At nearly every Highland Games gathering today there are vendors selling tartan items, whether tailored kilts, blankets, scarves, ties, or tartan fabric. By far the greatest proportion of their sales in the category of Highland dress are related to "modern" Highland attire, especially the modern tailored kilt and accessories for it.

This is somewhat ironic in that the present-day Highland Games, at which the modern tailored kilt is ubiquitous, can only trace their origins back to the early 19th century interest in matters related to Highland culture. (Note: this statement should not be construed to mean that the Highland Games themselves do not have antecedents going much further back in history.) This interest manifested itself in various reconstructionist events purportedly designed as a celebration of that earlier Gaelic Highland and Celtic culture, but such cultures never wore garments like the modern tailored kilt.

Instead, during the years preceding the Battle of Culloden, to the extent that Highlanders wore any kind of kilt-like garment, it was the belted plaid and not the modern tailored kilt. Yet the belted plaid is seldom seen at Highland gatherings today, and even knowledge of this garment is not widespread.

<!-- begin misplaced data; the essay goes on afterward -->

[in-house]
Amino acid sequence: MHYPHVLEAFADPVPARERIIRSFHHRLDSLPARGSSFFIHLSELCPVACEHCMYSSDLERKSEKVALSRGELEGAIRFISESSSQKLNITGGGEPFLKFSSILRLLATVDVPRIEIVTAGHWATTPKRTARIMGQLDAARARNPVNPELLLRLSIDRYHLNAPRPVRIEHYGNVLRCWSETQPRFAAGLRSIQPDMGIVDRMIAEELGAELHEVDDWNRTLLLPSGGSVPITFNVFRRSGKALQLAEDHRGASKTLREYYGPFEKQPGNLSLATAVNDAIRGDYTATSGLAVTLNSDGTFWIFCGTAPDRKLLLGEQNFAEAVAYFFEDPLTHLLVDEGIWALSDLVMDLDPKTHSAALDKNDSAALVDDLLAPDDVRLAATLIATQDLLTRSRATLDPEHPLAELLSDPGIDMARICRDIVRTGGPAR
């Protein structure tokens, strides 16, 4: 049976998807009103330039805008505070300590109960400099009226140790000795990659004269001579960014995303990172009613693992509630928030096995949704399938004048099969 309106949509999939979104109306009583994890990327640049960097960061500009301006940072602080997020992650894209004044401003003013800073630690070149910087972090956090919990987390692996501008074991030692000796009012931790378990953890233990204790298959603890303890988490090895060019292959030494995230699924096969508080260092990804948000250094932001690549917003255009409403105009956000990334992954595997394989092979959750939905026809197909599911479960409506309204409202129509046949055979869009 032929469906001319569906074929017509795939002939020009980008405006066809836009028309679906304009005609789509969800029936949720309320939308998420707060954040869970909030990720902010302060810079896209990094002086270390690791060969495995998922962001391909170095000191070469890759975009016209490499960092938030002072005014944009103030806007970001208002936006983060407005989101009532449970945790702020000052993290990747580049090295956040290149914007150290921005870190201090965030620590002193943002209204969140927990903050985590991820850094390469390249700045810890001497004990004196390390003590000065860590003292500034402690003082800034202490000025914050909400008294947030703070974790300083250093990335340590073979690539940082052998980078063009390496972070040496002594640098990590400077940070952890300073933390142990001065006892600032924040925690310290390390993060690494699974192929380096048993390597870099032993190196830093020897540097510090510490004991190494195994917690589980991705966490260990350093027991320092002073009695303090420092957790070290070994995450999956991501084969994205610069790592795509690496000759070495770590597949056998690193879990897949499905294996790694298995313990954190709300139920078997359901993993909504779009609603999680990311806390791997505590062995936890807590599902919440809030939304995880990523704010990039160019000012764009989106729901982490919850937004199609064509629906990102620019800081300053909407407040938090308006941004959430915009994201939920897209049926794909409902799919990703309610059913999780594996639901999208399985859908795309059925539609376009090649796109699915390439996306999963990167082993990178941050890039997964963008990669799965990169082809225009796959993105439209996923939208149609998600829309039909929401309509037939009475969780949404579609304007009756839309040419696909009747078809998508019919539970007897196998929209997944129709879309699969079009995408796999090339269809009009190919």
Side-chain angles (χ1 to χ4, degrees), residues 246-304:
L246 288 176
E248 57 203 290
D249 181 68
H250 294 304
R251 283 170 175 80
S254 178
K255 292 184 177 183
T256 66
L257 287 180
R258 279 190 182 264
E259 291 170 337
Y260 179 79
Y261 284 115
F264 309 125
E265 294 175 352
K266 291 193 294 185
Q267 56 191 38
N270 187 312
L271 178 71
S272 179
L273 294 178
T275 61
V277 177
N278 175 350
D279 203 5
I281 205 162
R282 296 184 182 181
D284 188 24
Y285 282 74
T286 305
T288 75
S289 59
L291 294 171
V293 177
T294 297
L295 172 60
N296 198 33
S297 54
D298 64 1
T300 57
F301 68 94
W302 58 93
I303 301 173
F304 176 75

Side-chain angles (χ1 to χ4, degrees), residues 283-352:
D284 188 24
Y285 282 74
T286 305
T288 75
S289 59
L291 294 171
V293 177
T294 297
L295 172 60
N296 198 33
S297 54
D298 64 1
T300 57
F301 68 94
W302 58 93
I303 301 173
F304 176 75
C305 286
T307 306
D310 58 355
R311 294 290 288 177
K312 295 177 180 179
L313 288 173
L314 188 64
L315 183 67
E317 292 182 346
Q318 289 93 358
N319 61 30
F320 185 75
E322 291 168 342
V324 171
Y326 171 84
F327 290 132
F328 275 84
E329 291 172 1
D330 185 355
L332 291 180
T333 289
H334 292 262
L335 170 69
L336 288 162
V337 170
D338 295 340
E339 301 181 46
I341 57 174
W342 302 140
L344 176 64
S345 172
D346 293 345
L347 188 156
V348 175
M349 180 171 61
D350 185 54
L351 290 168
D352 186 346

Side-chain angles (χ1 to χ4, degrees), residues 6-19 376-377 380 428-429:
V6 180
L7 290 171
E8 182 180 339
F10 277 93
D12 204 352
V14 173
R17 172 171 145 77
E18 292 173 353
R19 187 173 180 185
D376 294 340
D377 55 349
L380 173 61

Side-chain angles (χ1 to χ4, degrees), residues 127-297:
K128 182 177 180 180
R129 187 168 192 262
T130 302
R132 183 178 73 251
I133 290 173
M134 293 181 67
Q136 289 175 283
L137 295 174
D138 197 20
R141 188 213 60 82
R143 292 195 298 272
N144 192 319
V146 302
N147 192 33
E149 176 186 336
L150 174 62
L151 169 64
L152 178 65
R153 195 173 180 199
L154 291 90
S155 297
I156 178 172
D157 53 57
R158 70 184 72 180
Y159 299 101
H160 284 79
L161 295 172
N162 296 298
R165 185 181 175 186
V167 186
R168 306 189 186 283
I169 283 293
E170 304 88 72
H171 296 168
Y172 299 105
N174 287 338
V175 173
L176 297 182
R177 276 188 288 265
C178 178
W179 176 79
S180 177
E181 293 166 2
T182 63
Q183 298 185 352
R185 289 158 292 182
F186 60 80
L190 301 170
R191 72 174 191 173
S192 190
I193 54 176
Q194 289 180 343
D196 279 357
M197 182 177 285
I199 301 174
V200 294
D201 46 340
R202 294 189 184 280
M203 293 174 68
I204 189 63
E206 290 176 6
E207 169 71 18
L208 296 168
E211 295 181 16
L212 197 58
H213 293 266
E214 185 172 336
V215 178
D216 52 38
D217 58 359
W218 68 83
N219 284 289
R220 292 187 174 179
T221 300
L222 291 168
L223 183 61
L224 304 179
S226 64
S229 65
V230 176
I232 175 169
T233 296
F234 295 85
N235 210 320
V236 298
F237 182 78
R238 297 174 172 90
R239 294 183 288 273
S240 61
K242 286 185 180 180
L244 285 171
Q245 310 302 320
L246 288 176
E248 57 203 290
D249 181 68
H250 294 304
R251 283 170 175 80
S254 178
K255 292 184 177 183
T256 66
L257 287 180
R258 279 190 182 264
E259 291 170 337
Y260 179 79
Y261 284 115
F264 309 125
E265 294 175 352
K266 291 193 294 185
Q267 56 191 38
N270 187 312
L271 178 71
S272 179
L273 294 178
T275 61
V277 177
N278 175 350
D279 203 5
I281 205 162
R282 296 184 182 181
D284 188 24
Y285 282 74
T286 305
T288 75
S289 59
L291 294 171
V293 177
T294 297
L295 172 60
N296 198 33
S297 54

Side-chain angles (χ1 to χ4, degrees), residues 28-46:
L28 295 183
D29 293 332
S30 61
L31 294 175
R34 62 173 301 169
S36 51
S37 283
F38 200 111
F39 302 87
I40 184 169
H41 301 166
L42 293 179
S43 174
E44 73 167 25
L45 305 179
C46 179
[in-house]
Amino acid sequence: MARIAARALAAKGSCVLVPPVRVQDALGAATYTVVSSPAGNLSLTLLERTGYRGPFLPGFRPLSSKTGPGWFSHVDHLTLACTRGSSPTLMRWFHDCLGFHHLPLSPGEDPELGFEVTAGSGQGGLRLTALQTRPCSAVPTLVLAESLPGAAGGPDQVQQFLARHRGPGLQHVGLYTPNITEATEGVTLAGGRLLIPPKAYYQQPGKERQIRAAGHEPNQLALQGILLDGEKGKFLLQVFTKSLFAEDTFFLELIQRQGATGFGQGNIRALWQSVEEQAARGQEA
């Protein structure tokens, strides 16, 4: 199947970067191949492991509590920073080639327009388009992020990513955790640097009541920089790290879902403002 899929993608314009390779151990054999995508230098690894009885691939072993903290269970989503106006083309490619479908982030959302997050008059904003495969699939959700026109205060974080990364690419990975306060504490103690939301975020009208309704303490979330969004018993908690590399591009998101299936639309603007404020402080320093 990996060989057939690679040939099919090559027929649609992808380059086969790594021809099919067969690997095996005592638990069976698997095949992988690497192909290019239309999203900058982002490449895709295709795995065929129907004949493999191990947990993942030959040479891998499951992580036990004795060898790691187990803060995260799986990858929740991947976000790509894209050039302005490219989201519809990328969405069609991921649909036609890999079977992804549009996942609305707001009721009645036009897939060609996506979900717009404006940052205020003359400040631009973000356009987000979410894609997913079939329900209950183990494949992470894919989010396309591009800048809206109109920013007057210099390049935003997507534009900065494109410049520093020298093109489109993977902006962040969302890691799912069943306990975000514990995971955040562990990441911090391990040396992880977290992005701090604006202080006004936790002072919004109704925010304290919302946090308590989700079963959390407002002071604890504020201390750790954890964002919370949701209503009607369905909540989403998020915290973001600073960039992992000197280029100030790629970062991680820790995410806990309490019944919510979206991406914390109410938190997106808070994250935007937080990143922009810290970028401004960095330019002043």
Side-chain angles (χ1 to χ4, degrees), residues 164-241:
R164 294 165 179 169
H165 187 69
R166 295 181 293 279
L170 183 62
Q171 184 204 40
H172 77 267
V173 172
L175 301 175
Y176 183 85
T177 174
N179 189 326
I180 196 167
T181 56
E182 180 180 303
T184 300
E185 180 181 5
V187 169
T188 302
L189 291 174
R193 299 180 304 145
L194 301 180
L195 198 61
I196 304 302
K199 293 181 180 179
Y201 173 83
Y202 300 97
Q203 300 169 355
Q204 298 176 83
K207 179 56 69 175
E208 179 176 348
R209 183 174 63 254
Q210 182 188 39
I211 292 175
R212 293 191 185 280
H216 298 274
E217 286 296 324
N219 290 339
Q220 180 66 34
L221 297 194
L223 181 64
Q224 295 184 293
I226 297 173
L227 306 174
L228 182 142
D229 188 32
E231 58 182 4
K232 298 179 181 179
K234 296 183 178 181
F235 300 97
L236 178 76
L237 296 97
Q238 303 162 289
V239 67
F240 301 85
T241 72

The origins of the modern short kilt (or féileadh beag, meaning little wrap, and often Anglicized to philabeg or filibeg with various spellings) are still debated. What is clear is that the philabeg originated from the belted plaid sometime in the early 18th Century, or perhaps somewhat earlier. The philabeg consisted essentially of the lower half of a plaid, gathered or pleated and held around the waist with a belt. Later, the gatherings were stitched down to hold them in place, and thus originated the modern tailored kilt.

Some[who?]speculate the modern "sport/ Half Plaid Kilt" was derived from miners, or fashion do to half the cost of a full Belted Plaid, where upon one can choose either a flying Plaid or no. This would have helped at the Battle of the Shirts.

Gallery images[edit]

See also[edit]


John Telfer Dunbar, History of Highland Dress, Hippocreene Books 1979 (reprint of 1964 edition). (ISBN 0-7134-1894-X) The seminal book on the subject of Highland dress.

External links[edit]